This plant can replant itself without difficulty, leading to reflections of different colors of the rainbow in your garden. Because penstemons don’t like to be crowded and prefer being given enough space to thrive, you have to grow them 2 to 3 feet apart.

12. Yucca

Yucca is an attractive perennial accent flower featuring different textures and gorgeous white flowers. Planting it with smooth plants such as ruellia and leucophyllum will add beauty and focus areas. Every yucca needs proper irrigation, full exposure to sunlight, and hardy to frost season.

It doesn’t require much water to survive, but you can give it a periodic watering schedule during the summer to maintain its healthy appearance.

The best time to plant the yucca is during the autumn and winter season. The plant can be a wonderful addition to give any environment a southwestern flair, but you’ll have to consider their position.

You must keep the yucca close to pathways, windows, or patios because of its spiky leaves and large size. The plant makes an exciting option for backdrop plantings due to its unique shape. Ensure you get rid of the old yucca foliage as soon as required as they prevent the plant from getting the heat, cold, and bugs.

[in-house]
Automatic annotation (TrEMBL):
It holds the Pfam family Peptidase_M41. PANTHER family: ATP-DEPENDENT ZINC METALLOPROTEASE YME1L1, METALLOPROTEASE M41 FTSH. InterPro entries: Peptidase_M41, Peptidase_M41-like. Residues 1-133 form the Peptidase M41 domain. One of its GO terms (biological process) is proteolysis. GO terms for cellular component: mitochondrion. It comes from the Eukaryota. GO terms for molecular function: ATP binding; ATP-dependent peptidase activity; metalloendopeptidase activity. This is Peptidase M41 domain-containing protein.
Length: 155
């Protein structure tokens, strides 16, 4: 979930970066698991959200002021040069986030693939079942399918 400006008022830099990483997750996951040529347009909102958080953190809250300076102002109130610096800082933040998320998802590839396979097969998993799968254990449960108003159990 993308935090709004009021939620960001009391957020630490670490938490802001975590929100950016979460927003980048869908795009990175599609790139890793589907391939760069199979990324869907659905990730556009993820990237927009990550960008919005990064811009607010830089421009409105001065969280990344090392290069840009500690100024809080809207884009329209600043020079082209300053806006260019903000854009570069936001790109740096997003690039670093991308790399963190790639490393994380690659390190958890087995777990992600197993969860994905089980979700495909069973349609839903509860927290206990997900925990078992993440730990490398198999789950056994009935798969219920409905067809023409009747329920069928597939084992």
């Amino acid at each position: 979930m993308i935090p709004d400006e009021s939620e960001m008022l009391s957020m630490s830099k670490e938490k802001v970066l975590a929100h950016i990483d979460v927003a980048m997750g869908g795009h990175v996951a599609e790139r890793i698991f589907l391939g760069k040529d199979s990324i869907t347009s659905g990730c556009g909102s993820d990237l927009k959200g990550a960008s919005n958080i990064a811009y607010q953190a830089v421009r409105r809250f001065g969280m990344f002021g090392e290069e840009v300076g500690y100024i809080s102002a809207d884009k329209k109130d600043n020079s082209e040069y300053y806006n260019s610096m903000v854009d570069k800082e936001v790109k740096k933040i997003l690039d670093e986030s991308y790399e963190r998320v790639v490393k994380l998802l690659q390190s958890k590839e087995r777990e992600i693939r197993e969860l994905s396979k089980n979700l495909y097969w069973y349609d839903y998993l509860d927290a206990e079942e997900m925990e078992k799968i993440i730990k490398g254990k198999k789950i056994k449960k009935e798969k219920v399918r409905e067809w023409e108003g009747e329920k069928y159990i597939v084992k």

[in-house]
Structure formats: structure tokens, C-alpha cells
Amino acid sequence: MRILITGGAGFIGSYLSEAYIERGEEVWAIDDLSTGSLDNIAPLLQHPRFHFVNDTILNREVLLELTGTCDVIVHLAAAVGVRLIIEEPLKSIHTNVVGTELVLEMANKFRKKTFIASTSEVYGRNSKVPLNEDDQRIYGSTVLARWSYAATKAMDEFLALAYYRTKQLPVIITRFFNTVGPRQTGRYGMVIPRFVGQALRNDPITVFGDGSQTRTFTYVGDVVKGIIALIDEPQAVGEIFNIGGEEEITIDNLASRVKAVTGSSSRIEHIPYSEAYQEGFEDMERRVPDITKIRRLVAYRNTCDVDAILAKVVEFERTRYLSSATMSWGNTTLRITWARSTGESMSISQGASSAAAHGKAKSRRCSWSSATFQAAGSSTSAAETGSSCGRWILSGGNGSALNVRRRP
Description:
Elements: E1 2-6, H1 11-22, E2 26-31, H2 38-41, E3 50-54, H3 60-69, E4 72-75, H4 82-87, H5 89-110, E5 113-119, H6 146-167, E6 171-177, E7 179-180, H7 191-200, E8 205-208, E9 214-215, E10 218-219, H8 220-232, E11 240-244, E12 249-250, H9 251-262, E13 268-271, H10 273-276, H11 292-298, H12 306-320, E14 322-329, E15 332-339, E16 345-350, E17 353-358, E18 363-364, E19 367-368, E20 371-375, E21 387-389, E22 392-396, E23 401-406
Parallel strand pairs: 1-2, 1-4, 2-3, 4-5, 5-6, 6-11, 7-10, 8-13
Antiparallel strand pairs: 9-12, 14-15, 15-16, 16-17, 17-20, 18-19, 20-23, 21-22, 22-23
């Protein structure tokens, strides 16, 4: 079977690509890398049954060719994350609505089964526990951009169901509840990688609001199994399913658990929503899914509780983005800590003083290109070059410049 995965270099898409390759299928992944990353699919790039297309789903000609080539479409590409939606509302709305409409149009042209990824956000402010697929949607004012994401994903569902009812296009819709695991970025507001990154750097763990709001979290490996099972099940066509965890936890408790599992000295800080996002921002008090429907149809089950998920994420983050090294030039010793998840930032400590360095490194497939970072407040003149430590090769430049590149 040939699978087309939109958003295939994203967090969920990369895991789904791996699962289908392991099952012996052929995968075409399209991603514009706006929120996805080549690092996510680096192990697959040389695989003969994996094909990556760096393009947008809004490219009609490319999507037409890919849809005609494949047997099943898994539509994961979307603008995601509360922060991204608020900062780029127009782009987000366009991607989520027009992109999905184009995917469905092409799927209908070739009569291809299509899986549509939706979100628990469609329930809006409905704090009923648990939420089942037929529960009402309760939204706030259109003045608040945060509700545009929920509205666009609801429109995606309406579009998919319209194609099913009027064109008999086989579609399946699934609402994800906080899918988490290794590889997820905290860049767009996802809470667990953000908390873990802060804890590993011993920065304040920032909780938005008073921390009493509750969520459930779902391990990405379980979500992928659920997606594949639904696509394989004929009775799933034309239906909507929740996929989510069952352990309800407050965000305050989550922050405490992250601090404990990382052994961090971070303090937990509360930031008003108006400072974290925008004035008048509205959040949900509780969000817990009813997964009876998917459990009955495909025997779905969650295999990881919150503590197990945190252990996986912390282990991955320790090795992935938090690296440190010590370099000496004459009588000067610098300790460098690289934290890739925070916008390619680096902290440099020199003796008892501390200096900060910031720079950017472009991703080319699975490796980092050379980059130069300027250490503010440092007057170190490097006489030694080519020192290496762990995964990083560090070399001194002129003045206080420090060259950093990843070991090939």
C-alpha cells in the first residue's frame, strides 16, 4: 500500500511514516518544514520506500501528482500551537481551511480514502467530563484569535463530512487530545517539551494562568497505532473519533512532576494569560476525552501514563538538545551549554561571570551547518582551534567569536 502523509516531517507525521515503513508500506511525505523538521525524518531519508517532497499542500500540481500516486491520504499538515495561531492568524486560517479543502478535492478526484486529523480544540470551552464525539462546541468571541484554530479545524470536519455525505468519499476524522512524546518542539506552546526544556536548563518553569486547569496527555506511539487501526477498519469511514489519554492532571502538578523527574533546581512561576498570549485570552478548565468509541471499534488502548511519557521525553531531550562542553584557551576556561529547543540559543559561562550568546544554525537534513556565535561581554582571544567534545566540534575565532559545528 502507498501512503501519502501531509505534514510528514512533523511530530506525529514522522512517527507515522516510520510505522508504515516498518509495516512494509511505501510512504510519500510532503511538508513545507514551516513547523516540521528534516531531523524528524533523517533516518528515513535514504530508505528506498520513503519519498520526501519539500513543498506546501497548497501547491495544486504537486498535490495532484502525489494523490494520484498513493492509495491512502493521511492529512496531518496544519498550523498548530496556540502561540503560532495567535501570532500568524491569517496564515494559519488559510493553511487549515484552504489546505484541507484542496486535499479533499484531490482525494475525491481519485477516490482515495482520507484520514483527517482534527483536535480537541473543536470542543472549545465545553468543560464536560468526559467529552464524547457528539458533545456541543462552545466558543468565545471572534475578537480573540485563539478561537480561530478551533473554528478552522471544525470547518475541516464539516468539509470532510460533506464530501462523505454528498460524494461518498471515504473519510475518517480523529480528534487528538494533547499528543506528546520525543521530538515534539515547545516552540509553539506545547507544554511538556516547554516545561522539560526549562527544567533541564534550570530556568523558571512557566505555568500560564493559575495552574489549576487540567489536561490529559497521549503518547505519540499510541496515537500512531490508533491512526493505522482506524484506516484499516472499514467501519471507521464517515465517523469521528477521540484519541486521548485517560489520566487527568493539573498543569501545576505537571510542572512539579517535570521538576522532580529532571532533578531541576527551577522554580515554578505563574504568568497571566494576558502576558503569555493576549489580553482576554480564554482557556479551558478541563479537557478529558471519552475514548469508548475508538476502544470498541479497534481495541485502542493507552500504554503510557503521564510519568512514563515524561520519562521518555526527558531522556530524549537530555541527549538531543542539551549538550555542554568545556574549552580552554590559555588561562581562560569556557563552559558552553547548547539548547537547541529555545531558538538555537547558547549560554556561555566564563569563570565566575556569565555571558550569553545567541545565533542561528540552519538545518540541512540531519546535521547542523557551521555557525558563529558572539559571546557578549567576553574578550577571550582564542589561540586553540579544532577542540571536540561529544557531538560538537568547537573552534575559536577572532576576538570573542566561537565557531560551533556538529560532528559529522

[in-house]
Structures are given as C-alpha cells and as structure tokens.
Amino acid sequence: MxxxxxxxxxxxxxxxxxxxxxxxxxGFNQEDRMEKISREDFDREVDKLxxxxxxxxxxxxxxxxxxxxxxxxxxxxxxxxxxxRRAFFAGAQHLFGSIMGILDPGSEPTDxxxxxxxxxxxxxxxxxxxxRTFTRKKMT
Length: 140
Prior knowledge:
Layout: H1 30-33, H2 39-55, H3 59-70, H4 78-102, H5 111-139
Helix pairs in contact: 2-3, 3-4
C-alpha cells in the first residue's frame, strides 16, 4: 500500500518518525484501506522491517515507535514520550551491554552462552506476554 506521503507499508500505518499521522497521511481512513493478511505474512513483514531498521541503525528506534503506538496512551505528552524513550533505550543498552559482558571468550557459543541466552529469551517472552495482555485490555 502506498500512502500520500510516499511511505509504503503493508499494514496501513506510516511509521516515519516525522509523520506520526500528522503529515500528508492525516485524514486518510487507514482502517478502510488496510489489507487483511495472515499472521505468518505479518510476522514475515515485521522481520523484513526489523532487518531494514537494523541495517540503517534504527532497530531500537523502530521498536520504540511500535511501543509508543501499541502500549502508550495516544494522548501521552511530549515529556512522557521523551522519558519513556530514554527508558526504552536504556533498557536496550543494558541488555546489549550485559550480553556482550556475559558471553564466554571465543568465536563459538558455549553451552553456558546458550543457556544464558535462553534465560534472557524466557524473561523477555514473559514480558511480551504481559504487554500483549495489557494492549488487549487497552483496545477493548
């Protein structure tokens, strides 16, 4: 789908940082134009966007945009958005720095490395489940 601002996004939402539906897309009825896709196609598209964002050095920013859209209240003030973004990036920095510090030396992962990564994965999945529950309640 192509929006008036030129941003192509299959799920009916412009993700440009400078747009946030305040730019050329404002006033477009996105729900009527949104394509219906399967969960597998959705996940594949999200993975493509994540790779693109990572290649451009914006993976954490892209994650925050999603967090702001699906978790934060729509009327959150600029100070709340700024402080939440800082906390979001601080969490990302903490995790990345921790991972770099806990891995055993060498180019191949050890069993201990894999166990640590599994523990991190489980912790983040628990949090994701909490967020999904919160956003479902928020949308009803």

13. Prosopis

Also known as Mesquite, the Prosopis is quite an amazingly flexible plant resistant to different growing conditions. In other words, it is adaptable to either under or excess water conditions and can survive droughts season through its growth limitation.

It has many different species, some known for their curly nature related to drought conditions, while others attributed to pruning techniques. The Prosopis have long served as shelter, food, and medicines to desert dwellers.

The plant has dark green leaves and features a sculpted growth routine and stubborn, dark bark. During the spring season, it produces yellowish to cream-colored catkin blooms that go on to form different shapes and sizes of seeds.

Depending on its variety or specie, the top can grow up to full width of 20 to 35 feet. Suppose you want your Prosopis to maintain its healthy condition. In that case, you must ensure it develops broad roots, which is done by adequate management of its watering schedule throughout the canopy’s rim instead of the trunk’s bottom.